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SILK: Beneficial to the Planet and the Wearer

by Cheryl Kolander = Aurora Silk

Essay in progress

“Is silk sustainable?” I am often asked. “Silk is BENEFICIAL” is my answer.

Here are some of the many ways that silk is BENEFICIAL to the Planet and the Wearer, (and as well the raiser and the processor.)

1) mulberry trees. First for silk you need mulberry trees, as this is all the caterpillars eat. Mulberry is the tree of Life from ancient times. Besides food for silk it provides berries. It is said Alexander conquered Asia because his soldiers ate rations of dried mulberries mixed with sheep fat.

wood: the heartwood is the finest resonant bodies for all types guitars, sitars, samisens and all such instruments.

medicine: the Chinese recognize and use 5 medicines from the tree, including berries, flowers, root bark, bark, and shoots.

paper: the inner bark of all mulberries is used for the finest, most durable paper. I visited a traditional operation in Samarkand, O’Z. They make paper for repair and restorations to old Bibles and Qurans.

fabric is made by pounding the inner bark, the Tapa cloth of Polynesia is exactly this.

soil retention, erosion control: deep roots and fast growth, the US Dept of Agriculture distributed thousands of mulberry trees to plant across the midwest and west as windbreaks and for erosion control after the dust storms of the ’30’s.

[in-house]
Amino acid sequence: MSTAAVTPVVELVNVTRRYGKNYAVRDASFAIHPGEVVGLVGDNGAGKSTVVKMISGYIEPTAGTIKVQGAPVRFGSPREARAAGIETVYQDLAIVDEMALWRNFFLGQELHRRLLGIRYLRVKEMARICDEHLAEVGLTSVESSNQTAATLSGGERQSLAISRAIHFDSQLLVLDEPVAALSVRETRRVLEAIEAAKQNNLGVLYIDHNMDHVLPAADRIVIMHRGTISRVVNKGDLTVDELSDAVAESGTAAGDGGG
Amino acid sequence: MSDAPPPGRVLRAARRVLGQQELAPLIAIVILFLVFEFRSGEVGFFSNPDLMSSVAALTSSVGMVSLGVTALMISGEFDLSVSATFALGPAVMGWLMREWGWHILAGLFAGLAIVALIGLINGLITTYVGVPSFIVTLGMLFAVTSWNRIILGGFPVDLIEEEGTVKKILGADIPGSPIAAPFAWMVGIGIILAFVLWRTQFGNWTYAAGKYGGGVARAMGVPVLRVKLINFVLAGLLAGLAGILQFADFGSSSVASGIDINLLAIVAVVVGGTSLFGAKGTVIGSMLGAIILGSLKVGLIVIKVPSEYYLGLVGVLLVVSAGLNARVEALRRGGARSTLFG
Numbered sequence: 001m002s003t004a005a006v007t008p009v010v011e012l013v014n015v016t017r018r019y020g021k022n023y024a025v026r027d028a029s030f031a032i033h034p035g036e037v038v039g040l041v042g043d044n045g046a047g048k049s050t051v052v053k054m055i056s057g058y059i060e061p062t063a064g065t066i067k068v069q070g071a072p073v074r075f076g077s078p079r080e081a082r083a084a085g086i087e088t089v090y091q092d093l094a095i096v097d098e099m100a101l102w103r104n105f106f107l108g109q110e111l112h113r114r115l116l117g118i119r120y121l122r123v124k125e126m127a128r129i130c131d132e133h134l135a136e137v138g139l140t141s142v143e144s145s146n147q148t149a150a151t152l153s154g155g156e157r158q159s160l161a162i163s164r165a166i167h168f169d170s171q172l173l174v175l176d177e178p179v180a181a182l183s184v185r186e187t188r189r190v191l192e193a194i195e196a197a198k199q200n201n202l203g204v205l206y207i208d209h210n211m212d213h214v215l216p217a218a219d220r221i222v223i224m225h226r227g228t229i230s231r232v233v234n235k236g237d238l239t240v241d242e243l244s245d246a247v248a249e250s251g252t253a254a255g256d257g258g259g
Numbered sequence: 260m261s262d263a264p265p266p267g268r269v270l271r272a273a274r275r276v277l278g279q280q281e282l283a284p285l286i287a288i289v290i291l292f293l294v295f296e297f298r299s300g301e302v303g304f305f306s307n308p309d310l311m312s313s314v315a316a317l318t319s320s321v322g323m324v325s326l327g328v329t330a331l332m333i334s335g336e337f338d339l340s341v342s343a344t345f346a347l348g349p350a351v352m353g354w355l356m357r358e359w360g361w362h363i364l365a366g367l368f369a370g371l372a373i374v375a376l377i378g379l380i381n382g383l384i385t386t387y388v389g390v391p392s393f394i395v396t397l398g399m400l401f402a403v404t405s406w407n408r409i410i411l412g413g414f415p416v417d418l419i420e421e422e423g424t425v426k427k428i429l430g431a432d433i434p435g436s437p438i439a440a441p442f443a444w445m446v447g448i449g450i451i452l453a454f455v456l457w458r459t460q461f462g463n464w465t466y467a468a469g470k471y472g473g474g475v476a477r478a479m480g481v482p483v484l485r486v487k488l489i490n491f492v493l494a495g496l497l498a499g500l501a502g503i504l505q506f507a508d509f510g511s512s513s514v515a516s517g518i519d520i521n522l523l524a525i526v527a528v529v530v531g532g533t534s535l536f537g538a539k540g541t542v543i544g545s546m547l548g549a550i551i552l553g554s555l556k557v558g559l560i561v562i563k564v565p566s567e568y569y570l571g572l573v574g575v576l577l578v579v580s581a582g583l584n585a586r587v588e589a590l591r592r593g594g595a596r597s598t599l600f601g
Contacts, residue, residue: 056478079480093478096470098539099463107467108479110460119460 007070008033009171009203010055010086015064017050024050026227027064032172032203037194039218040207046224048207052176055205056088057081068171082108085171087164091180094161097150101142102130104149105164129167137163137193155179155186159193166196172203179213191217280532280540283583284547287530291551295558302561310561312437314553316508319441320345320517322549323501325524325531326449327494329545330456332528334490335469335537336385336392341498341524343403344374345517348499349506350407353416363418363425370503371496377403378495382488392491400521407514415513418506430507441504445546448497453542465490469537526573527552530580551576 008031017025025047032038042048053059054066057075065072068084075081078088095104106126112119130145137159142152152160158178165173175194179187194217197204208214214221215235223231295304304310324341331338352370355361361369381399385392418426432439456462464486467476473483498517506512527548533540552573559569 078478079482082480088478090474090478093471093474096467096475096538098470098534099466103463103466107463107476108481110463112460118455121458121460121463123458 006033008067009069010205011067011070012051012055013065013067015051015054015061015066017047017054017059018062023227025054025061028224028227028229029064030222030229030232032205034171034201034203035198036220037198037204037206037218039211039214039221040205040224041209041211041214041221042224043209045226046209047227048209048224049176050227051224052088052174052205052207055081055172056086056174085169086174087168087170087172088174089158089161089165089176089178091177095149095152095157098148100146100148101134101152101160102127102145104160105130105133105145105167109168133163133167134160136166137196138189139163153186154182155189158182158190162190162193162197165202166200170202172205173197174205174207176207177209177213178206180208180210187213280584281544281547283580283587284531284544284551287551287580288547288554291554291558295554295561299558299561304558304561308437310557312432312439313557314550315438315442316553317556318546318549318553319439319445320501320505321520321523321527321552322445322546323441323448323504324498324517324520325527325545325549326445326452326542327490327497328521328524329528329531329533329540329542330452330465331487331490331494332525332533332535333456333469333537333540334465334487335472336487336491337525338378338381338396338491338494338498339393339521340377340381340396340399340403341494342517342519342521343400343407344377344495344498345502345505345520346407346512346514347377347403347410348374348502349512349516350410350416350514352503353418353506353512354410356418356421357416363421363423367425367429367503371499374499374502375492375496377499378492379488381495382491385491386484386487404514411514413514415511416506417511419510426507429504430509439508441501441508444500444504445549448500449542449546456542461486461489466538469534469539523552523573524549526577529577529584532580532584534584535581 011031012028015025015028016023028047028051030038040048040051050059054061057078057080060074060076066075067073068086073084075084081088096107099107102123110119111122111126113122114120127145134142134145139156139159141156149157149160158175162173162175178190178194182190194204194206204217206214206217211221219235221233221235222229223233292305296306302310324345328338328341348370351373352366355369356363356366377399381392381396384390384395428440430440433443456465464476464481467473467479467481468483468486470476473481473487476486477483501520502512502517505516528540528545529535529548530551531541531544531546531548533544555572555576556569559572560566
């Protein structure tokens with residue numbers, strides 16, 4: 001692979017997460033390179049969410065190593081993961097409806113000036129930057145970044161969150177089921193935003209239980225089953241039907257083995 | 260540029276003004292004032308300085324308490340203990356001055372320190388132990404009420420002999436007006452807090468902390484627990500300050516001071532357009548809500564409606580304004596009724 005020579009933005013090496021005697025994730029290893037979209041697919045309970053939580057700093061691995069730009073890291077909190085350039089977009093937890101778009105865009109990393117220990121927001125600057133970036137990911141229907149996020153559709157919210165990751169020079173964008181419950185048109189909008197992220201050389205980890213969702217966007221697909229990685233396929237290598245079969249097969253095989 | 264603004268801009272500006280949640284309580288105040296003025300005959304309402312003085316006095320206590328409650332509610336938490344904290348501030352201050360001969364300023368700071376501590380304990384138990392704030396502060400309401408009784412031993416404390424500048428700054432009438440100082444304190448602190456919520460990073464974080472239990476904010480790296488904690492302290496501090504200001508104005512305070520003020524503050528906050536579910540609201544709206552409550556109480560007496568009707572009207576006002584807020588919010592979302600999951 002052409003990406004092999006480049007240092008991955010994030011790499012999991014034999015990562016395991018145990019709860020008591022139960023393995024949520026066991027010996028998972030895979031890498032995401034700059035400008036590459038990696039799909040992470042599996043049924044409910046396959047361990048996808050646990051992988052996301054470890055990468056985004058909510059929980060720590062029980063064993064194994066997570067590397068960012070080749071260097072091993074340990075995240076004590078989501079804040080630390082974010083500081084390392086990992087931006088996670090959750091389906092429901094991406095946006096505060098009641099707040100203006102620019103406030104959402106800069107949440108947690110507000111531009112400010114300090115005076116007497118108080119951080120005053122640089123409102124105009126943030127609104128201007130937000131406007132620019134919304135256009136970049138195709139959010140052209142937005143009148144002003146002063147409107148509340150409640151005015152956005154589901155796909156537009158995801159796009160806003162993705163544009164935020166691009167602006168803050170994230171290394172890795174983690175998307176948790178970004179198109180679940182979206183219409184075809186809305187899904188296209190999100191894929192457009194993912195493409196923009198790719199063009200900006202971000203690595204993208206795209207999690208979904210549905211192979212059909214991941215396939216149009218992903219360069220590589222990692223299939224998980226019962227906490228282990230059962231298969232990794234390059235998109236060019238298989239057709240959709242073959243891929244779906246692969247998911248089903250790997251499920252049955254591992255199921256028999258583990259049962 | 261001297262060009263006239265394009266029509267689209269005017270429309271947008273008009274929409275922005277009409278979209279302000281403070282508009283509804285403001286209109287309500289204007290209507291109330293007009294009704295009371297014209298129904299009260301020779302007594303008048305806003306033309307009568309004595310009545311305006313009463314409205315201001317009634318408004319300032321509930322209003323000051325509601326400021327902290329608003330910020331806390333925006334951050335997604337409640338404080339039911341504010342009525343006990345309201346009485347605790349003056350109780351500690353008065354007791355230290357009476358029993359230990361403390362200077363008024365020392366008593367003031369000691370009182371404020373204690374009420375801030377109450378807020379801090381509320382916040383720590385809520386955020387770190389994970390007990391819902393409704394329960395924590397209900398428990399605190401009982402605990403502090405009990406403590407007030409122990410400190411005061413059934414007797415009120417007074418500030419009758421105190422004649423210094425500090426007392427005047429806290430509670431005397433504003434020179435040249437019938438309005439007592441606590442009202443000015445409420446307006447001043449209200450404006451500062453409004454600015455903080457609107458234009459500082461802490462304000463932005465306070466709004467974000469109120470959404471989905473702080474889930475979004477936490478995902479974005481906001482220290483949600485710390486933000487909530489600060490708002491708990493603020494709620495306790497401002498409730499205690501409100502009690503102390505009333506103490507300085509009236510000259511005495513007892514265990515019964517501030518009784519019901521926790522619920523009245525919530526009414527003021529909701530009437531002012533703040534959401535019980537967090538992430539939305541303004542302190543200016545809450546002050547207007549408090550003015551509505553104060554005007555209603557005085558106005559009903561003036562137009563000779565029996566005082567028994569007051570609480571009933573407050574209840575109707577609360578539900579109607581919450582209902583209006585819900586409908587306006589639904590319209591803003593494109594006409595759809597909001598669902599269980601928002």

traditional planting is along roads, canals and field borders. No prime farm land is used to raise the trees.

leaves are also excellent feed for cattle, sheep, goats, rabbits; berries for chickens. Sometimes people boil and eat the young shoots.

2) caterpillars’ castings

bi products of raising are the frass or caterpillar poop. This is top quality fertilizer. In Japan this is the recommended fertilizer for the living art known as Bonzai.

caterpillar castings are an important commercial source of chlorophyll, as used in Listerine and toothpaste.

3) caterpillars as food

for reptiles and amphibians kept as pets or for the captive breeding of endangered species, silkworms are the top food. They are 30% digestible protein, the highest of any food. Extinct in the wild chameleons are able to breed in captivity only if fed silk caterpillars.

In traditional cultures the pupae are eaten by people. It s proposed that the civilization of China was possible because the peasantry was well fed on an adequate protein rich diet of silk pupae.

4) silk

a very practical fibre that requires minimal preparation:

6 weeks to raise

reeling makes use of about 1 gallon water per kg silk, which water is reuseable.

degumming uses about 4 gallons of water per kg of silk and this produces the secondary product of silk sericin which is used in cosmetics and for hair care and silk rejuvenation.

Silk is the most beautiful medium for colours, which are easily dyed and exceptionally brilliant. = ART!, food for the soul

therapeutic aspects of silk are well documented: bandages, rubdown towels, soft clothes for delicate skin conditions, UV protection, etc. etc.

5) research – medical

sutures of silk are bio-disolvable and do not need to be removed when used internally – this was standard till very recently, and there is a movement to return to pure silk for sutures.

Stem cell replacement organs are being grown on my pure silk cocoons, degummed according to medical protocol.

Lots more to add !

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